July 19, 1999
Unitarians, Mormons, and Southern Baptists: Observations from Salt Lake City
-- Peggy Fletcher Stack
The Unitarian Universalists, who were in Salt Lake City recently for their annual meeting, could not have presented a more distinct counterpoint to the state's dominant religion, The Church of Jesus Christ of Latter-day Saints, commonly known as the Mormon Church.
For instance, during their general assembly, the Unitarian Universalists stretched the traditional definition of family to include gay and lesbian couples, childless couples, unmarried couples with and without children, biracial families, and multicultural families.
"Every family born with love and commitment deserves respect, support, and nurture," said the Reverend Patricia Hoertdoerfer to the 2,000 delegates assembled in downtown Salt Lake City.
The Mormon Church, on the other hand, sees the family unit of a heterosexual man and woman with child as the primal--even eternal--relationship. Rather than embrace new definitions of family, the church put out a "Proclamation on the Family" that celebrates traditional notions of family. Moreover, the church has spent millions of dollars opposing proposals to legalize same-sex marriage in Alaska, Hawaii, and most recently, California.
Currently, the Unitarian Universalists are in a battle with the Boy Scouts of America (BSA) over what the Unitarians say are "homophobic and discriminatory" policies: the BSA does not allow openly gay males to be Scouts or Scout leaders. The Mormon Church, which sponsors more Scout troops than any other group in America, supports the BSA position (and does not allow openly gay men or women to be leaders in the church, either).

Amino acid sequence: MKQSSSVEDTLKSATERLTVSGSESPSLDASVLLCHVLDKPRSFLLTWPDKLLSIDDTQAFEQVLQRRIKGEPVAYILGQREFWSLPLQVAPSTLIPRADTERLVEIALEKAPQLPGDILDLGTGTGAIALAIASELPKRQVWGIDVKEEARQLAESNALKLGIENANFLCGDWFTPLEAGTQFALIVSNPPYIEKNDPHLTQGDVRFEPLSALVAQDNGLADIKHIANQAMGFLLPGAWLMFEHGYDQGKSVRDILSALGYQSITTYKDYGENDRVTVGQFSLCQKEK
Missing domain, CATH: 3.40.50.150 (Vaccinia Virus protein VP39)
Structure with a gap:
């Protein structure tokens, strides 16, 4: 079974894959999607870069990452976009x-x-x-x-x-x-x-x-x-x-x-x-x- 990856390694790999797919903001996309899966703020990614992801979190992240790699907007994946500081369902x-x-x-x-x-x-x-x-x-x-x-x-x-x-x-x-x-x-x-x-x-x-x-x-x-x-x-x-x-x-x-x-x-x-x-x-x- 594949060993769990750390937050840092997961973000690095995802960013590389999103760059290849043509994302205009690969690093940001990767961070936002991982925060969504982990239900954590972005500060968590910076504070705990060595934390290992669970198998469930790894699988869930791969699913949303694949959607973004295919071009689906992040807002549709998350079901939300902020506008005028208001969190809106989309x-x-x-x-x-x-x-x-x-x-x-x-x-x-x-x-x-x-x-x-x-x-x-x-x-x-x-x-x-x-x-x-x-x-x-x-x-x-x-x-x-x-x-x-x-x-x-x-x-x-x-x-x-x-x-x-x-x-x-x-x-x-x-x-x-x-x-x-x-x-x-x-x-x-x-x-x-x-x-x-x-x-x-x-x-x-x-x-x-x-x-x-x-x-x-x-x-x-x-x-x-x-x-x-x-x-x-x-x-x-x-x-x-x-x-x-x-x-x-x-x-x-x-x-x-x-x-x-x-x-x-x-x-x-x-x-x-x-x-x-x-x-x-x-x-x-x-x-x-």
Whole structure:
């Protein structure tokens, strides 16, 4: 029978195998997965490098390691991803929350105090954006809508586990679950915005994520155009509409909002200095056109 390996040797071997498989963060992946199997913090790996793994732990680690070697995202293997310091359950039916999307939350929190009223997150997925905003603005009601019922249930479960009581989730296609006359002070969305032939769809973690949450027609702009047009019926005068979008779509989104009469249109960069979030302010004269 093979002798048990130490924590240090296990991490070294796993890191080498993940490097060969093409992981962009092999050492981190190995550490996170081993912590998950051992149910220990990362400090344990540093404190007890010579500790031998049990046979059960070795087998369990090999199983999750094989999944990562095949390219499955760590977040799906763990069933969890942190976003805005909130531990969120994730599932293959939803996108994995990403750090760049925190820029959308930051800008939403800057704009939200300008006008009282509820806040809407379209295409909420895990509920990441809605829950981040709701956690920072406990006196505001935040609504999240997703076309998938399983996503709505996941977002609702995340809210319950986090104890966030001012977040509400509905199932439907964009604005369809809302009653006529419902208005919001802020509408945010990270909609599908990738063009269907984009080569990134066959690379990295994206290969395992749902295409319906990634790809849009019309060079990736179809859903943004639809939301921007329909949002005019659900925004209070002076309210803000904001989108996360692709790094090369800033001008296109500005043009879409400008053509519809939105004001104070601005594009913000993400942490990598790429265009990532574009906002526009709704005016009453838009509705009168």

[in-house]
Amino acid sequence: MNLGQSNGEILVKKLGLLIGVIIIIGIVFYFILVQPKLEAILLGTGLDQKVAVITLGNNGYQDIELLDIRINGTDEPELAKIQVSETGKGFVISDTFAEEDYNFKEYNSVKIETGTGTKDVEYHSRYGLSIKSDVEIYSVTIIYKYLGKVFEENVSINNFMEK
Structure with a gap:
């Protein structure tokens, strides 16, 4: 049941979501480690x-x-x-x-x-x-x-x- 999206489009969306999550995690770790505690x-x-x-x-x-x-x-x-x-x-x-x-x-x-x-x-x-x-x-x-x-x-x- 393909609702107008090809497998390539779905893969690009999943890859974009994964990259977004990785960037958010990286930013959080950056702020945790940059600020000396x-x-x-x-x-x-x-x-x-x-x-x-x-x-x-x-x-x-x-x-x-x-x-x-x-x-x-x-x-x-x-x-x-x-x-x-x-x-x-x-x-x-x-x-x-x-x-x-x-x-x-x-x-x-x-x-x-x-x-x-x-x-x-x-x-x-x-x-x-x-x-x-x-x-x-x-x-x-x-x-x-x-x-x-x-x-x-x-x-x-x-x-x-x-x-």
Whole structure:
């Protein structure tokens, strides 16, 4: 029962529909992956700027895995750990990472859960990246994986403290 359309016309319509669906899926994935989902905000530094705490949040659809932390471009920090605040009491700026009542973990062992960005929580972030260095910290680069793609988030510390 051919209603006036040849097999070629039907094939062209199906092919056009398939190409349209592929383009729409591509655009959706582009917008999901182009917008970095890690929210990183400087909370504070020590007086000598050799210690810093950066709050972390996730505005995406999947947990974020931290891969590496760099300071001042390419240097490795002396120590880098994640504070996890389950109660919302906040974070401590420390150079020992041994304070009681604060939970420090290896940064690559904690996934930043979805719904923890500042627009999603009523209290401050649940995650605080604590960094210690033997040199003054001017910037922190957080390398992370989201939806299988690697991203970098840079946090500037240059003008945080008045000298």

For all such differences, however, the Unitarians were polite guests in the city that is the LDS Church headquarters. There was no name-calling from the Unitarian pulpits and no attempt to proselytize Utah neighborhoods. With rare exception, Mormons and Unitarian Universalists in Utah work together quite amicably, despite their political and theological differences.
Compare that to last year's visit of the Southern Baptist Convention, which also held its annual meeting in Salt Lake City.
On the surface, the Southern Baptists and Mormons appear to have much in common. Both strongly support what they term "family values." They oppose abortion, urge women to stay home and raise children, and support public prayers. Politically, the two churches see eye-to-eye on many issues.
But the Southern Baptists believe that Mormons are not Christian, that Mormons are in need of saving, so they spent much of their convention condemning LDS theology and witnessing to their Christian faith in a door-to-door outreach program much like the Mormon Church's own global missionary program. For their part, Mormons draw many of their converts from among conservative Christians such as the Southern Baptists. In other words, the belief in theological superiority goes both ways.
So it would seem, then, that sometimes political differences can be overcome with respect and tolerance, but political similarities may not be enough to deter theological opposition.